Some of you know how much I love to cook. When I’m done writing at the end of the day, cooking something exciting often feels like the most fun way to wind down. To me, cooking is the opposite of writing: where writing is sedentary and brain-draining…cooking is hands-on and can be done with a clear, calm mind.
My husband Jason loves saffron, so for Christmas one year, I got him a book called the Essential Saffron Companion. Here’s our favorite special-occasion recipe from the book. It take some time and effort but it’s worth it!
Mussels in Saffron Cream with Noodles
40-50 saffron filaments infused in 2tbs (30ml) of warm (not boiling) white wine*
40 large mussels (green lipped ones work great)
6oz (150 g) unsalted butter
3tbs (45ml) chopped onion
3tbs (45ml) chopped flat leaf parsley
1/2 bottle dry white wine
2 shallots, diced
2tsp (10 ml) tomato puree
8oz (250 ml) mussel stock
4oz (175 ml) heavy cream
juice of one small lemon
To cook the mussels:
Scrub and de-beard the mussels. In a heavy pan, melt 2oz (50g) butter, add onions, parsley, half the wine. Bring to a boil and add the mussels. Cook, shaking the pan periodically until the mussels open (time will vary depending on what kind of mussels you use..anywhere between 5 and 10 minutes). Discard any that do not open. Remove each mussle from the pan and into a bowl with a slotted spoon to ensure that the juices remain in the pan. Reduce the contents of the pan for two minutes, then strain the mussel stock and reserve.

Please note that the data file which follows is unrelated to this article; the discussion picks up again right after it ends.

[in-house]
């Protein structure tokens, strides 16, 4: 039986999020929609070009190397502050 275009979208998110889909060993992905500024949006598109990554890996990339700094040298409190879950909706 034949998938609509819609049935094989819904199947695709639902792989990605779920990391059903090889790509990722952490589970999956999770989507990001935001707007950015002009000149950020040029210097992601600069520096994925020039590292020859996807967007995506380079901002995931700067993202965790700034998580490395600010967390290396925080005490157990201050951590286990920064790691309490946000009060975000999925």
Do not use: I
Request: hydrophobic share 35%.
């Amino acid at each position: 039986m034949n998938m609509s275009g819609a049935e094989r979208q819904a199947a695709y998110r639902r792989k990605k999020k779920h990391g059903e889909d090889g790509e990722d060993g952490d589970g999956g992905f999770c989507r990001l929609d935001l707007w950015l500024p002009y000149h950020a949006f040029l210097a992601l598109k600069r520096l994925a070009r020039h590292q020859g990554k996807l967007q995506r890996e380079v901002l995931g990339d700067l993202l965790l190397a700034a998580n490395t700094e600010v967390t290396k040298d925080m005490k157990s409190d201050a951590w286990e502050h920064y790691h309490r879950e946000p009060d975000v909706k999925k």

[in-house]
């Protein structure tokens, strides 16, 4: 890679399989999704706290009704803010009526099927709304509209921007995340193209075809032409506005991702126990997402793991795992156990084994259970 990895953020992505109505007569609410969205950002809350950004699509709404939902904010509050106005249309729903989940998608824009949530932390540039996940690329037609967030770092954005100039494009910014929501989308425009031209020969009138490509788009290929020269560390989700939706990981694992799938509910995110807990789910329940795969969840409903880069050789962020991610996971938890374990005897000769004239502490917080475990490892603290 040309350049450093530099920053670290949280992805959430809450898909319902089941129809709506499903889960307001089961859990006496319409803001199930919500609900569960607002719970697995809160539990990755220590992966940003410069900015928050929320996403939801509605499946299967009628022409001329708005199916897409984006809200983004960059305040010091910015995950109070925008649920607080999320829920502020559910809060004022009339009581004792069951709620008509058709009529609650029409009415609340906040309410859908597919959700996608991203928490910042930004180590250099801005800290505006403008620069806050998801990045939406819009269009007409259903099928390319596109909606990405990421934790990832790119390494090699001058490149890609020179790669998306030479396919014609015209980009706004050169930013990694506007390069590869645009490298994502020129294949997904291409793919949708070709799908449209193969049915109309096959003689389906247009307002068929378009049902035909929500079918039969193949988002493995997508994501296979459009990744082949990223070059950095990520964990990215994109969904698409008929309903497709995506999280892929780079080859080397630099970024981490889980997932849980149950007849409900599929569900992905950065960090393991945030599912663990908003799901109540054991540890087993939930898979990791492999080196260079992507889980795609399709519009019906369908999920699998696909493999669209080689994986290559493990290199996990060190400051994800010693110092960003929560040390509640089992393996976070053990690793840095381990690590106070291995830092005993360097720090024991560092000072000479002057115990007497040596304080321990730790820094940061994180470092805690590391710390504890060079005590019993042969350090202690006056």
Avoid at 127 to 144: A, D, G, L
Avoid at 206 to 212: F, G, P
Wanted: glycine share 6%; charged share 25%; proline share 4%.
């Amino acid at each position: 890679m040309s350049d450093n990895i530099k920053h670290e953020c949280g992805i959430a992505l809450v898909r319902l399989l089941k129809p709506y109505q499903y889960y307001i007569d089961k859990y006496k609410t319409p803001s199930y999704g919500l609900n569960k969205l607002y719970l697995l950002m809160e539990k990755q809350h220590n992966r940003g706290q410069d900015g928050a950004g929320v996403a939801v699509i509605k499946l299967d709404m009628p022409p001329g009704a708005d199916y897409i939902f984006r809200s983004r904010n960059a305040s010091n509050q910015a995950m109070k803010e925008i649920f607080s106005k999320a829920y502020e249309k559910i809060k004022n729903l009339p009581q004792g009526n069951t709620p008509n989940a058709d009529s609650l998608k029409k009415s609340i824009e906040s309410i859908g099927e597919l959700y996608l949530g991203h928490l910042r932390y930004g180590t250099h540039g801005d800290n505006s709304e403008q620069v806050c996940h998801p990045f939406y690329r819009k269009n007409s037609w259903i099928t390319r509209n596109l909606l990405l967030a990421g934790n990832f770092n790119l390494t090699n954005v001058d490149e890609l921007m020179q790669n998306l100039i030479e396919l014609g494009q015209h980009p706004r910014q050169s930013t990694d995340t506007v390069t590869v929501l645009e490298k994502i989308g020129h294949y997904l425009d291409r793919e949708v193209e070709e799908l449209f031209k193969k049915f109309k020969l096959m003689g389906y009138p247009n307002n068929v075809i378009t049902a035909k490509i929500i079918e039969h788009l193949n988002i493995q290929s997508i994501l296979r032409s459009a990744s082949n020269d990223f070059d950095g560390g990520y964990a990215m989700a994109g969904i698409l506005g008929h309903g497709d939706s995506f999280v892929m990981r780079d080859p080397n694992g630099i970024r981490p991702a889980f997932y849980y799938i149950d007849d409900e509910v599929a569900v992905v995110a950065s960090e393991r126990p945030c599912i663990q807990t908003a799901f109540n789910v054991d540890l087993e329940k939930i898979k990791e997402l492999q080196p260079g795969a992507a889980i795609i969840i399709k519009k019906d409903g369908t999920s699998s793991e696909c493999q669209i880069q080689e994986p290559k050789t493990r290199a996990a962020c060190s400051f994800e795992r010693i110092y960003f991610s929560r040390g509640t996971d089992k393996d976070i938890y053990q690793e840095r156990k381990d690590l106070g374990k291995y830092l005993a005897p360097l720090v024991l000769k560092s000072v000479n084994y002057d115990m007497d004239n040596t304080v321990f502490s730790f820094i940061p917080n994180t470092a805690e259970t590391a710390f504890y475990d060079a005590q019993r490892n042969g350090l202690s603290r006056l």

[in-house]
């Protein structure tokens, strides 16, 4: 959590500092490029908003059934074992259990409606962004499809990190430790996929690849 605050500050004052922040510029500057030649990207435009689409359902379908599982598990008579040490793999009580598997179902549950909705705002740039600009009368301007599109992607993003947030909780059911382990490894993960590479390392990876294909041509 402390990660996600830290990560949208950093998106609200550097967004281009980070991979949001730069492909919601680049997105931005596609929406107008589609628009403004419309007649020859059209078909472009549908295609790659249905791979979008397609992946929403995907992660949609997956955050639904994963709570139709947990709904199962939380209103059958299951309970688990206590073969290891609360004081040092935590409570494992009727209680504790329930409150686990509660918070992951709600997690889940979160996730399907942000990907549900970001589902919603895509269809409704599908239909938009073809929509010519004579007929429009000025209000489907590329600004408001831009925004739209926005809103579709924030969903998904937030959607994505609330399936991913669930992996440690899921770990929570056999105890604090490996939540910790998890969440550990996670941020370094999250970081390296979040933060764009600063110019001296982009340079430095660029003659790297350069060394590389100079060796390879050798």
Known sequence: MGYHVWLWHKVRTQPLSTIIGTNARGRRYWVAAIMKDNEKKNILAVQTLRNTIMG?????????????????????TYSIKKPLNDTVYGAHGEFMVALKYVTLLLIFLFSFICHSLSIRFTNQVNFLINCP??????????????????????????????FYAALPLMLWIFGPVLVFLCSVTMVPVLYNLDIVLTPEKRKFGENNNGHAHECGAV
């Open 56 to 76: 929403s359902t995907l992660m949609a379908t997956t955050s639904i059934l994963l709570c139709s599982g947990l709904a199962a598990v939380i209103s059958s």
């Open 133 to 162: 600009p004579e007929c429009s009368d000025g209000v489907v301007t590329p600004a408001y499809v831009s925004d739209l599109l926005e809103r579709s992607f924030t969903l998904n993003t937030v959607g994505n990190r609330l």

To make the sauce:
Sweat the shallots in 2oz butter for 5 minutes. Add the tomato puree, half of the saffron, and the rest of the wine. Add the reserved mussel stock and reduce everything in the pan by half (maybe 10 minutes of cooking on medium). Taste, season with salt and pepper to taste, remove from heat for a few minutes. Add the cream and reduce again if needed, adding a little lemon juice to taste.
Cook your preferred type of noodles. (On an ambitious day, we’ll make homemade paparadelle using a pasta maker, but fresh store bought noodles will work great, too.) Bring the sauce to a simmer and stir in the remaining saffron and the last 2 oz of butter. Place the mussels back in the sauce pan to warm them. Pile pasta on plates or bowl, add ten mussels per serving, then divide the sauce over the dishes. Garnish with chopped chives or parsley.
*I’ve been using this incredible Iranian saffron that I was so excited to buy from the spice bazaar in Istanbul last fall. But you can use powdered saffron or any kind of filaments infused for 1/2 hour to an hour in warm wine.
We travel frequently for work, so sometimes it can feel like a special treat to stay in and cook together. I have a feeling that’s just what we’ll be doing this Valentine’s Day.
Do you have any favorite romantic recipes?
Until tomorrow (and you KNOW what tomorrow is!)